By Steve Stockmar
The new oiling machine is due to arrive at Johnson Lanes Nov. 16, and how it will — or won’t — affect bowling scores is anyone’s guess.
Bowlers have all sorts of theories on how oil conditions impact their game, and there are no shortage of thoughts when it comes to the 30-lane complex that serves the Recreation Centers of Sun City West at 19803 N. R.H. Johnson Blvd. The Sports Pavilion and Bowling Committee, comprised mostly of bowlers themselves, met Nov. 9 to discuss the new oiling machine’s arrival and the alley’s reputation among bowlers.
Committee member Annie Schock shared anecdotal stories about the lane conditions being the worst in the area. Some bowlers attribute the alley’s recent run of 300 games directly to the lane conditions, while others believe the bowlers themselves are the biggest factors for scores.
Johnson Lanes saw 28,300 games in 2016, along with more than 40 bowlers averaging better than 200.
“We’re seniors. If you ask somebody from the outside that comes in here, they can’t believe the high averages and the high scores that we get,” Sports Pavilion Manager Barry Hardesty said during the meeting.
Two 300 games were rolled in recent Thursday night league play, and the next morning Mr. Hardesty said he was approached about the perfect games being the result of the Bowling Committee adding more oil to the lanes.
“You think that aggravates me? Absolutely,” he explained. “It’s funny from the viewpoint (that) I haven’t touched the conditions in seven years, other than to test a couple patterns.”
Perspective seems to be everything, however. Committee member Al Bramucci believes there are more perfect games than there are 300-caliber bowlers.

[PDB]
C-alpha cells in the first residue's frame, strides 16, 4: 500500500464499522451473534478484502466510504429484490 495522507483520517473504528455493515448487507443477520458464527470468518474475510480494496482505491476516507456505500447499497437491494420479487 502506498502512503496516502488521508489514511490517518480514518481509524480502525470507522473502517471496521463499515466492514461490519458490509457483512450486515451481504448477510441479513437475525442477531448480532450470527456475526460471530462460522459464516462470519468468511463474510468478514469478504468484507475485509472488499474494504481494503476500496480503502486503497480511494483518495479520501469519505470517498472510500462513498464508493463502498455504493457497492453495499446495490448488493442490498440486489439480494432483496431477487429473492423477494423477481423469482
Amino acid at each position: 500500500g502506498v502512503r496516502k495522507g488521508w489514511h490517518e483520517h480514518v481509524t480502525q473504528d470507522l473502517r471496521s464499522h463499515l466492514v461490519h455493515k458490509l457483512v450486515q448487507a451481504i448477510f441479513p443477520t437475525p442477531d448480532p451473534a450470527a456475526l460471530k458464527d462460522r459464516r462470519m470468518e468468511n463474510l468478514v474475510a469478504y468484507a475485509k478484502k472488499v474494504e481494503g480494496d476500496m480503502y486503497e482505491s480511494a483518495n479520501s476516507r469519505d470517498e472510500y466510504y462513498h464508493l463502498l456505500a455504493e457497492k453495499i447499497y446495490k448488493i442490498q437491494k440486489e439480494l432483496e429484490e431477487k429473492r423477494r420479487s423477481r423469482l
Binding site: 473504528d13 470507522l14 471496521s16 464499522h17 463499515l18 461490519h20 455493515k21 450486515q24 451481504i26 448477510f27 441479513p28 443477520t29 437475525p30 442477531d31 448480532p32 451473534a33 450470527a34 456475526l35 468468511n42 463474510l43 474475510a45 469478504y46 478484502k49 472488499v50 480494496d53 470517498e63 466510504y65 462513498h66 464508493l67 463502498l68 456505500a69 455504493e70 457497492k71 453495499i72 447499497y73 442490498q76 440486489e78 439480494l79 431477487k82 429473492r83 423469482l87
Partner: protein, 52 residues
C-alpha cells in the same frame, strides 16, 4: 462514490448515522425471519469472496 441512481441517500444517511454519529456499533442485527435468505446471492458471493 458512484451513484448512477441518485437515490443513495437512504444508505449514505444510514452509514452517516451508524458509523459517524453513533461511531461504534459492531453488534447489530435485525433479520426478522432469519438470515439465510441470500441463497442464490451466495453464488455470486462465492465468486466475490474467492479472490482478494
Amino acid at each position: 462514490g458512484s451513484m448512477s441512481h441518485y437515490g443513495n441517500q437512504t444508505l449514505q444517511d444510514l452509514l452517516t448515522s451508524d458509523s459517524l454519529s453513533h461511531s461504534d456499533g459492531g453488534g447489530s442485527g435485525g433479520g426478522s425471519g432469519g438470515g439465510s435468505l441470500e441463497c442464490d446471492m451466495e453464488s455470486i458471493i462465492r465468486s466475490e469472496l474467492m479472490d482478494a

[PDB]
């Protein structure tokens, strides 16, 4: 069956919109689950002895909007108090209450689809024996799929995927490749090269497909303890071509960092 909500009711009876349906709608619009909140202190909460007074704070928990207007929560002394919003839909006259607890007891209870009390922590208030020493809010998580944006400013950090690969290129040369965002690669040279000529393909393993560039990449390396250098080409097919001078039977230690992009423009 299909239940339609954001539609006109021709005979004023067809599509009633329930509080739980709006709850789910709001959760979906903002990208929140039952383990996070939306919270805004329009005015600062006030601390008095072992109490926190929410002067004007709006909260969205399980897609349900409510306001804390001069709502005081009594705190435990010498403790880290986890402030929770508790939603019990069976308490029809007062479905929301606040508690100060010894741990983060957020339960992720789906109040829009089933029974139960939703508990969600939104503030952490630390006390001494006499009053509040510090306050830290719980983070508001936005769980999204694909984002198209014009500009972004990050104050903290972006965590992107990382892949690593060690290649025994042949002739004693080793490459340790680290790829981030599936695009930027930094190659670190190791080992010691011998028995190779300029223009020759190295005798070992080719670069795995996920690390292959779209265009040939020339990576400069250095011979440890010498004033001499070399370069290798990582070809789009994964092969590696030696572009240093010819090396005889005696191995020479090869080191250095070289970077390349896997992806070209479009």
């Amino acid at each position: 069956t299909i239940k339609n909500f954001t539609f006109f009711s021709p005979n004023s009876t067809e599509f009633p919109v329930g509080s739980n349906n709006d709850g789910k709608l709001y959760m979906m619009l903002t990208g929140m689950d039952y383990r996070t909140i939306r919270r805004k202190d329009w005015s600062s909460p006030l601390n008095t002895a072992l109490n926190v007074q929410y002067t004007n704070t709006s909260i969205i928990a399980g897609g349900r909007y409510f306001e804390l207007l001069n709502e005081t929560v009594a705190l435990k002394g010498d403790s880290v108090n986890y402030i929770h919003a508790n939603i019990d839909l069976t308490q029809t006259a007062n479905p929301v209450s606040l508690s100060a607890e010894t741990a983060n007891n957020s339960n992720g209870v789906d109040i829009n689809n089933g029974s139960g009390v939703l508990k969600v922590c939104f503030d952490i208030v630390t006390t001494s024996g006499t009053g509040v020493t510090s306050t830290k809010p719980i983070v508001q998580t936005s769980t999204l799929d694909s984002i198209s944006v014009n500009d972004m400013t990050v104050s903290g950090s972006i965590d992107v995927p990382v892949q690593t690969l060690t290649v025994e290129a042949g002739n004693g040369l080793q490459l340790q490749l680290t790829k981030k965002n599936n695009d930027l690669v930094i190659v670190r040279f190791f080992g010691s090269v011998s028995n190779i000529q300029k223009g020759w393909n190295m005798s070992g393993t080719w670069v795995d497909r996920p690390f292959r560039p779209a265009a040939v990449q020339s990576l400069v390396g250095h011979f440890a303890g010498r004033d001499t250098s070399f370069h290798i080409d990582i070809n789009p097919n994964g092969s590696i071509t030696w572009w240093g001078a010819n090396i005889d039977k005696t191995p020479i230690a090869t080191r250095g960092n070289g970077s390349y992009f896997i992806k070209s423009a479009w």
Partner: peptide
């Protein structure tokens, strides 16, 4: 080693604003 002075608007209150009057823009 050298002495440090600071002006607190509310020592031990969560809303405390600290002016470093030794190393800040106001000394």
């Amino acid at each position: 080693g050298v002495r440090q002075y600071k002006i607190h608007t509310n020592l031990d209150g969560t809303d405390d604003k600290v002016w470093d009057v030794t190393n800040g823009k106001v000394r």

“Every 300 we get devalues a 300,” he said, “And I don’t think that’s good for bowling.”
The Johnson facility oils its lanes twice per day, once in the morning and again at 4 p.m.
Mr. Hardesty shared a number of other factors that contribute to lane oil movement. He cited examples, such as the surface of each bowler’s bowling balls, each bowler’s ball speed and placement, and added that when it comes to outdoor and indoor temperatures, the alley uses a thicker viscosity of oil to account for Arizona’s dry conditions.
Of course, he added, the number of bowlers using lanes is a big factor as well.
“When you talk about lane conditions, understand what affects what happens on that lane,” Mr. Hardesty said. “Kegel [industry leader in bowling lane machines, conditioners, and cleaners along with pinsetter parts] did a survey that they monitored the effect of people bowling, and after three games, you can have a 35 percent depletion of oil. Six games, you have 50 percent; and after nine games, you can have as much as 60 percent of oil.”
It all goes back more to the bowlers themselves and less to the lane conditions, believes committee member Paul Horvick.
“Part of the problem with old people — and certainly it’s true for me — I live in the past. I used to be a good player, now I’m not, so it’s got to be the lane condition, it can’t be me,” he said sarcastically. “It can’t be that I’m getting old.”
When the new machine does arrive, Mr. Hardesty said they will examine new ways to oil the lanes.
“We’ll look at new patterns when we get the new machine,” he said.